Of course any General knows that even the best of plans doesn't survive the first shot. But that's why there are contingencies.
One of the greatest generals of all time said, "What distinguishes a hero is not an extraordinary man who acts courageous in the face of adversity, its an ordinary man who acts ordinary while everybody else is falling apart around him." Where did we see the sort of behavior demonstrated last weekend before? Yep that's right, from the Democratic Congressional leadership while the attacks of 9/11 were in progress.
The biggest excuse I heard about failure to evac the city last weekend was based on legal advice rendered to the mayor. Fat lot of good that's going to do him now. Moreover, the evac routes were gridlock. Why were they gridlock? That's because of lack of planning and foresight.
One of the lanes of the road wasn't designated as out-bound for emergency use only. Moreover, there should've been contingency plans afoot for vehicle wrecks to be bulldozed w/impugnity out of the evac routes. Furthermore, there was no contingency plans to open all inbound lanes (except one) to evac traffic. And finally, there was no clear decisive destination for all the people being evac'd (nor was there a logistics system in place to implement for support of these people until FedGov can mobilize).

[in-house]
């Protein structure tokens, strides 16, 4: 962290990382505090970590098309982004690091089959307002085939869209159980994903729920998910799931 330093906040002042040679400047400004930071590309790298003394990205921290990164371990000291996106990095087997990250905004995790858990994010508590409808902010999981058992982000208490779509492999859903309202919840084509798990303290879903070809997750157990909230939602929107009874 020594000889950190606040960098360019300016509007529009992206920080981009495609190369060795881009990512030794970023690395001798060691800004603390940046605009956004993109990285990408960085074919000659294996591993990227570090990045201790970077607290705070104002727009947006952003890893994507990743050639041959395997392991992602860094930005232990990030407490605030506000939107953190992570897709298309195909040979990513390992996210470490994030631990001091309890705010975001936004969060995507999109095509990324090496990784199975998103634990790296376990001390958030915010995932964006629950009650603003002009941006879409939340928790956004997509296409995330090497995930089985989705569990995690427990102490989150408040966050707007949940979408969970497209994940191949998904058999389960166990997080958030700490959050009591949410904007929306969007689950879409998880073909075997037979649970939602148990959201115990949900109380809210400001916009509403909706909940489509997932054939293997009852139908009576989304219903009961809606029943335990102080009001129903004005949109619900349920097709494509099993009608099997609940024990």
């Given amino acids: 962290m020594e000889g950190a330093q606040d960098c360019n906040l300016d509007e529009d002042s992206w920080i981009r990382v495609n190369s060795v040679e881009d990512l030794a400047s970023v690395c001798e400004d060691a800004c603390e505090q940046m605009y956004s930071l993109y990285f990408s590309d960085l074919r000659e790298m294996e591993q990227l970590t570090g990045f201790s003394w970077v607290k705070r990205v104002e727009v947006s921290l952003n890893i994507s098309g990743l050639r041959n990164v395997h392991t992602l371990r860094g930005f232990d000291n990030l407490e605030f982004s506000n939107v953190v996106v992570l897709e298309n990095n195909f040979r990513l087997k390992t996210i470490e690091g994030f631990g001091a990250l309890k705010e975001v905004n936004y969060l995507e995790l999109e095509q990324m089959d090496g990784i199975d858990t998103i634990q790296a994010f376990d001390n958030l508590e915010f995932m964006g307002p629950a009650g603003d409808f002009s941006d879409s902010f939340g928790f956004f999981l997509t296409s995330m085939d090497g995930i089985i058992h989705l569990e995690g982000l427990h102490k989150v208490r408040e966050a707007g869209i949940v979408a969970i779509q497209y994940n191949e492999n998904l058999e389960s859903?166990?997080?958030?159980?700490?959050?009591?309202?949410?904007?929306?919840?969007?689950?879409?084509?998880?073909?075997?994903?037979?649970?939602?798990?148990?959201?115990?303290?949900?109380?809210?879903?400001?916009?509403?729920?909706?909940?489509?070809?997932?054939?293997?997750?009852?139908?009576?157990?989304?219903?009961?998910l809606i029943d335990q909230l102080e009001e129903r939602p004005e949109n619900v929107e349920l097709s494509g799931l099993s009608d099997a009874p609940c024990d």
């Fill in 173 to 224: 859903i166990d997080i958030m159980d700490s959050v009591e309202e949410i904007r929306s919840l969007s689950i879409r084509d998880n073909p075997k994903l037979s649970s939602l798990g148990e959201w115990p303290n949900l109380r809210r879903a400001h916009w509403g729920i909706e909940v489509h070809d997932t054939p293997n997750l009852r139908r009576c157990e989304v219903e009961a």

Operation Overlord wasn't planned the week before, and they didn't move all assets into place the 24 hours prior to execution. Right now at this moment there are mountains as high as Everest of materiel, and millions of bases just wait to be used in Saudi Arabia. Why are they there? Because the Saudi's know a little bit about what I'm talking about. Somewhere near Diego Garcia are merchant marine vessels that are parked and filled with M1 Abrahms tanks. The mariners on these vessels do nothing all day long but start the engines, and maintance these tanks (and other equipment). Within 48 hrs some of that stuff can be on the ground ready to use and not just beginning to be pulled out of mothballs.